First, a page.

Fairy tale retellings are somewhere between tempting and anathema to me, and for the same reason--fairy tales rarely make normal human sense. People do seemingly nonsensical, random things, answers fall out of the sky, and I never understand--can't even imagine--what the characters are thinking or feeling. So I'm simultaneously skeptical and eager when someone claims or attempts to wrap an emotionally accessible narrative around one of these structures.
For some reason, the Twelve Dancing Princesses is one of my favorites. It's probably just because my sister and I used to act it out for our little brother, repeating all our actions until each move--sleeping, dancing, sneaking--had been done twelve times. But there's also something particularly impenetrable about this one that I think makes it very hard to tell. I read Heather Dixon's Entwined ages ago, and in spite of its flaws I really enjoyed it.
And so my path was crossed by Genevieve Valentine's The Girls at the Kingfisher Club, and I had to jump on it. Twelve Dancing Princesses in '20s NYC? Entwined meets The Rules of Civility? Sign me up! Twelve sisters sequestered at home by their father (who had been waiting impatiently for a male heir), and their only joy or freedom is sneaking out to go dancing. They live trapped in an oppressive house, and dancing is their only freedom.
Okay, first I want to say that this was just such a good read. Now that I'm at the end, especially, it's absolutely thrilling and heartbreaking and satisfying. And if the rest of this post ends up talking about all the things that are hard about retelling the Twelve Dancing Princesses story, please believe that it reads that way because this book made me think and feel--about everything from the structure of the story to the lives of women in the '20s.
I think the weakest point of the book can be stated up front--the domineering, oppressive father is not set up as thoroughly as he needed to be. The sense of being trapped is caught perfectly, and oppression comes through on every page. But for the first half of the book, I could not have told you what was at stake, what was the risk. An intimidating man, sure, but what do these trapped girls have to lose? What's so bad about his anger?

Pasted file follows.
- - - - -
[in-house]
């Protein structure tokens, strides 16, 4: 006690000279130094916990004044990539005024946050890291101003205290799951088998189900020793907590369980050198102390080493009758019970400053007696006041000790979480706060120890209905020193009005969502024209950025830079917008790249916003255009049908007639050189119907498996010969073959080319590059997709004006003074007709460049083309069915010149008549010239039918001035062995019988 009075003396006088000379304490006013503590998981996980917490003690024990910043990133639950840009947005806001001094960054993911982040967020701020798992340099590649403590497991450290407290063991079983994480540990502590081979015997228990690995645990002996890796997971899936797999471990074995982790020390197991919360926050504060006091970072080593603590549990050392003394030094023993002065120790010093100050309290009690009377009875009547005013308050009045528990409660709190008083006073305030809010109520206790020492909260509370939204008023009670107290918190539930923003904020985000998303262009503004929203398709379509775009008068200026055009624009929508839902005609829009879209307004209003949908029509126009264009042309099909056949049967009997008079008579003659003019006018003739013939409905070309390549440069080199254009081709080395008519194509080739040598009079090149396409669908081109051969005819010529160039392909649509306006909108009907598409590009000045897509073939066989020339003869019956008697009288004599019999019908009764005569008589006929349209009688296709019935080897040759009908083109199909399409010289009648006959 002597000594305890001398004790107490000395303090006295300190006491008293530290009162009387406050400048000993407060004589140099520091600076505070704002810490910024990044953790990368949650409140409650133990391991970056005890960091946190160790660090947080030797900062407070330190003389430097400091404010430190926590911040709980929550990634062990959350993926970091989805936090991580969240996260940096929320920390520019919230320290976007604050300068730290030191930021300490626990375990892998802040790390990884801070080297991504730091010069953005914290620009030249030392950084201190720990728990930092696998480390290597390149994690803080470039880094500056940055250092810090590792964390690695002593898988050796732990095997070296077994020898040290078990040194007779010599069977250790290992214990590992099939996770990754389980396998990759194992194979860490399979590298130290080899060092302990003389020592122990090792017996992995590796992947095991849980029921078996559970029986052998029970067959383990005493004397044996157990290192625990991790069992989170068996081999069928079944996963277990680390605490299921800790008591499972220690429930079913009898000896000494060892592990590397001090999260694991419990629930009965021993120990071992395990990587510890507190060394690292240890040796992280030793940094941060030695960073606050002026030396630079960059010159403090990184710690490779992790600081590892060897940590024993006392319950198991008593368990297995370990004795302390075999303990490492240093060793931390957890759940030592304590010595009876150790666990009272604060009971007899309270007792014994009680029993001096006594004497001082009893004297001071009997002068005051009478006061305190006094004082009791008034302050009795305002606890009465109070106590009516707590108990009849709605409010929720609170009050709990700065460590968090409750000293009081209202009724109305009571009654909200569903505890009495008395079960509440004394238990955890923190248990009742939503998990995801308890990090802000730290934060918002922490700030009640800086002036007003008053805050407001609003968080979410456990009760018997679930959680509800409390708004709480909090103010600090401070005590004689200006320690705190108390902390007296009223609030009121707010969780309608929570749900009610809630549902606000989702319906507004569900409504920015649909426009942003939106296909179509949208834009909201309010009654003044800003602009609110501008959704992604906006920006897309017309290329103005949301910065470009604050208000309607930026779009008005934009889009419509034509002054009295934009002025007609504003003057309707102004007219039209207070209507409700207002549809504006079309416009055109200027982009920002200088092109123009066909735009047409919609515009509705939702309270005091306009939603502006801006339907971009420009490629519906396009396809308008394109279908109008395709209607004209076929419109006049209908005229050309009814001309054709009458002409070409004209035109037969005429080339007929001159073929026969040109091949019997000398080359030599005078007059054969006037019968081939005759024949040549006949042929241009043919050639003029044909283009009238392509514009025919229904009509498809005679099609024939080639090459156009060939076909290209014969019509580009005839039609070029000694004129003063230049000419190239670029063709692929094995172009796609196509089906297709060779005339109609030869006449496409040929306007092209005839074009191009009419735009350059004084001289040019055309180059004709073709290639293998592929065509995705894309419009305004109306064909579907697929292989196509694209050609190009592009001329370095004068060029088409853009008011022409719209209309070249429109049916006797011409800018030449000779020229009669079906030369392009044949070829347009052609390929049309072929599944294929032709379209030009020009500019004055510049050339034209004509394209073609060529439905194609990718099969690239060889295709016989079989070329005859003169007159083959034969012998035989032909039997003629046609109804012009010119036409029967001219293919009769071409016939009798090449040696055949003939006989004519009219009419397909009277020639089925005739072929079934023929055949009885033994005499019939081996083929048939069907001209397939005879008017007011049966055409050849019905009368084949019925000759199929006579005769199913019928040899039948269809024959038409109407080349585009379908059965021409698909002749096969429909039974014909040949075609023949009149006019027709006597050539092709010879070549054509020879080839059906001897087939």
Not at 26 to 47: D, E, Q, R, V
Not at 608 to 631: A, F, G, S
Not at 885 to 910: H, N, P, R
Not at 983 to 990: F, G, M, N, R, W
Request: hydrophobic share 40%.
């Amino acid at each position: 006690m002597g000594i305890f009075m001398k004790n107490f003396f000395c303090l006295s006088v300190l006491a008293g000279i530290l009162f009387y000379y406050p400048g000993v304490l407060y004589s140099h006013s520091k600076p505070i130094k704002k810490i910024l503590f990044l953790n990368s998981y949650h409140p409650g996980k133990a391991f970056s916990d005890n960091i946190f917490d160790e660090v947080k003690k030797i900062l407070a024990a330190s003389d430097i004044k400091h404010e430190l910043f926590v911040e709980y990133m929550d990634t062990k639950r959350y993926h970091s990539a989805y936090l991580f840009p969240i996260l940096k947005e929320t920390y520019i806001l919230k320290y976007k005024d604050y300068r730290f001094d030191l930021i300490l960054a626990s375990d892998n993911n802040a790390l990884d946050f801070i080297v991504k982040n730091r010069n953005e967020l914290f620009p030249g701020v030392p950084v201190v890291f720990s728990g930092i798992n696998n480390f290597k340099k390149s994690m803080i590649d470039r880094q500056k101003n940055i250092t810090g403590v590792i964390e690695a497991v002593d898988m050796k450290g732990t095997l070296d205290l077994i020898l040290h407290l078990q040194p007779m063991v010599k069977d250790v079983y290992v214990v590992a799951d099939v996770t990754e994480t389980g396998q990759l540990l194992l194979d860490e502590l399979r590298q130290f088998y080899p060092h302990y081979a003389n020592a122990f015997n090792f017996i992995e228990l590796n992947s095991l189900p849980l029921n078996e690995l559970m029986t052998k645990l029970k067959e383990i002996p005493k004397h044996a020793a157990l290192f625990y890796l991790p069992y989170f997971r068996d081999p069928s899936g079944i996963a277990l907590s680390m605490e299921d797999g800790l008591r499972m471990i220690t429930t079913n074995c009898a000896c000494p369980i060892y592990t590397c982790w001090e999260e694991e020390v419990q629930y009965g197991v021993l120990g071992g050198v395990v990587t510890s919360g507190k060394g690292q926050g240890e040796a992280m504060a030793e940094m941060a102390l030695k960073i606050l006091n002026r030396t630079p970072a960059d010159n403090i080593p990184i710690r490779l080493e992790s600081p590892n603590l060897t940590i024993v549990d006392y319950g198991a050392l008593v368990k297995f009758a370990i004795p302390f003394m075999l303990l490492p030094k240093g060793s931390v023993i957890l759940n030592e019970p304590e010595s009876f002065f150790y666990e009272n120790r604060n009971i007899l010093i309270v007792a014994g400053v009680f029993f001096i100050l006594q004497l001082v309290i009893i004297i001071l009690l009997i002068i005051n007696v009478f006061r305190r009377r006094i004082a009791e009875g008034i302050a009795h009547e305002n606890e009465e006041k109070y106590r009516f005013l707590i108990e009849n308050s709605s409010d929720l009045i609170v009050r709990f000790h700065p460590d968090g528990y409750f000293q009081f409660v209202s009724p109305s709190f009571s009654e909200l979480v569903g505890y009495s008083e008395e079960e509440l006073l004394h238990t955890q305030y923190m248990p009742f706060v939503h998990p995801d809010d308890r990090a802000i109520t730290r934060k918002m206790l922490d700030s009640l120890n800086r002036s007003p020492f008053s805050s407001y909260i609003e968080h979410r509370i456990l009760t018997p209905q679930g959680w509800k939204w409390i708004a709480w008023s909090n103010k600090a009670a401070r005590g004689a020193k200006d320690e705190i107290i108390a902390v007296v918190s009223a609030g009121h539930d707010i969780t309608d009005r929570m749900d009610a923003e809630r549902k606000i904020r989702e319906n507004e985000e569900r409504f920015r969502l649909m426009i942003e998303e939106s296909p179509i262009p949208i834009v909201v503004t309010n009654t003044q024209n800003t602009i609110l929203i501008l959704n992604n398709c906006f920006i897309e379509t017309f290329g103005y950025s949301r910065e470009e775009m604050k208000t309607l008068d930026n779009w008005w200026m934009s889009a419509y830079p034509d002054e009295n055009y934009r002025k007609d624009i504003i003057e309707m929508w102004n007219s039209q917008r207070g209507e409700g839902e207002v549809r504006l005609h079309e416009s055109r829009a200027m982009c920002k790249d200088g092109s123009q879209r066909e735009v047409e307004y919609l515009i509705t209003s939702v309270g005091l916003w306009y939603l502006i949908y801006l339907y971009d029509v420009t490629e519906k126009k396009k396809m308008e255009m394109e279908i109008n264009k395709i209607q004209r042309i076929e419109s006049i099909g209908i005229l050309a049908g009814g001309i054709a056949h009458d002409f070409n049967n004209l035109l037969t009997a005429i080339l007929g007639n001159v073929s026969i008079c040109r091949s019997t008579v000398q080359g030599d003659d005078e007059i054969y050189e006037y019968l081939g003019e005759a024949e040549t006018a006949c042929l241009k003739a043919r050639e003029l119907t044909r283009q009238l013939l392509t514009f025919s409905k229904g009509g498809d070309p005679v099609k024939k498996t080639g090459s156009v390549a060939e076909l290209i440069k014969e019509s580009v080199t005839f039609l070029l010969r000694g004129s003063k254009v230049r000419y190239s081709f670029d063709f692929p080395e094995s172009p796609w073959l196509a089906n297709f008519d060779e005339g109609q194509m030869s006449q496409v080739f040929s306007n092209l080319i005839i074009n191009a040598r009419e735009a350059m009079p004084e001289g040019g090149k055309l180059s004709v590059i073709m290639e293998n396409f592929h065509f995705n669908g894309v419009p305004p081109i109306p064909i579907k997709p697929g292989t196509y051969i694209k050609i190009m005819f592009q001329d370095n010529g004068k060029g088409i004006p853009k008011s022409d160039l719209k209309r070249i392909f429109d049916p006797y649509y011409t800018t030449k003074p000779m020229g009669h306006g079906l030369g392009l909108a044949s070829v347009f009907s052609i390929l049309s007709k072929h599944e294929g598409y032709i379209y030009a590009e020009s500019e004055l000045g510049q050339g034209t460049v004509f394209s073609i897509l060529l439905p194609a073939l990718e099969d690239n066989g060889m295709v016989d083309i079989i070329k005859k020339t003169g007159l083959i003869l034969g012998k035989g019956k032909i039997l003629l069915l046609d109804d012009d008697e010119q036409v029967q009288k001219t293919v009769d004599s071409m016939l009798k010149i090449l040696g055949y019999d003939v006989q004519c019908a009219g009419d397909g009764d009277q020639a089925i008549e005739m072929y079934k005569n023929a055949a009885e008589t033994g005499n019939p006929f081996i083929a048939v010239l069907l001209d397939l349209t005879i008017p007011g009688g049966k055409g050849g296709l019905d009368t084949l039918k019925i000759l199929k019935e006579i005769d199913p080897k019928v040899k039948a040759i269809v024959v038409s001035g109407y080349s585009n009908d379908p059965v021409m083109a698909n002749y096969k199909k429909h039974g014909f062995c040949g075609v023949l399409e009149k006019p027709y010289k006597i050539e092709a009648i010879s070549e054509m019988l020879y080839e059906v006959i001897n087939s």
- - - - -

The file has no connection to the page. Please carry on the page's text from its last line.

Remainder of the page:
I can explain this--there is a big moment in the second half of the book where we become aware of what his anger really means--but I think the first half needed that impact. We need to understand why these girls are trapped, especially as they grow older, more impatient, and more competent. One thing the book does very well is explore the prisoner mindset--Jo, who takes care of her sisters, but at the expense of being seen as a collaborator, even by herself; Lou, whose longing to be free is stronger than the others, and more dangerous; Lily and Rose, who barely know themselves or each other--but I think it would have helped to be a bit more explicit about how many of the limitations on their options were truly external, and how many had grown only around a lifetime of being trapped.
Really, this is a story about women's secret rebellion; the story only works because the princesses are locked up. If they were dancing publicly, legitimately, it wouldn't be an issue. Constructing that prison is one of the big tasks of telling this story. The Kingfisher girls' prison was well constructed, but I wasn't able to see it clearly for too long.
The other really hard part about telling this story, I think, is that twelve is really just too many sisters. When you have twelve characters, they're a crowd, a gang. Each one may have a name and a personality, but the fact is that a couple of them have adventures, and the rest of them are along for the ride. This is Jo's story, which I think was a major strength. Jo is their General, and they are obedient, but is she using her power toward the right goals? Is she doing more harm than good? And what has it cost her--oh, the answer to that one is long. Really, the summary can be boiled down to that: what does it cost Jo to protect her sisters?
I'm quite impressed at how well they are all portrayed. Right now, I can name all twelve sisters and describe their personalities--not just traits, but characteristics. Araminta is haughty, because it protects her from her fear. Rebecca is practical, and smart. Hattie and Mattie have each other, and that makes them both fearless and careless of people, but Hattie might be a little less fearless than her twin. There's a wonderful point near the end where the narrative splits and follows different sisters, and this brings so much together--they cease to be a gang and become the owners of their own stories. It's lovely to watch.
I think what I'm saying, as I write all this out, is that the second half of the book is much stronger than the first. Really, I enjoyed the whole thing, but what it comes down to is that the second half hangs together, delivers a combination of writing and characterization and story and setting, that makes me absolutely swoon. For the first half, I was reading a good book; by the end I was reading one I loved.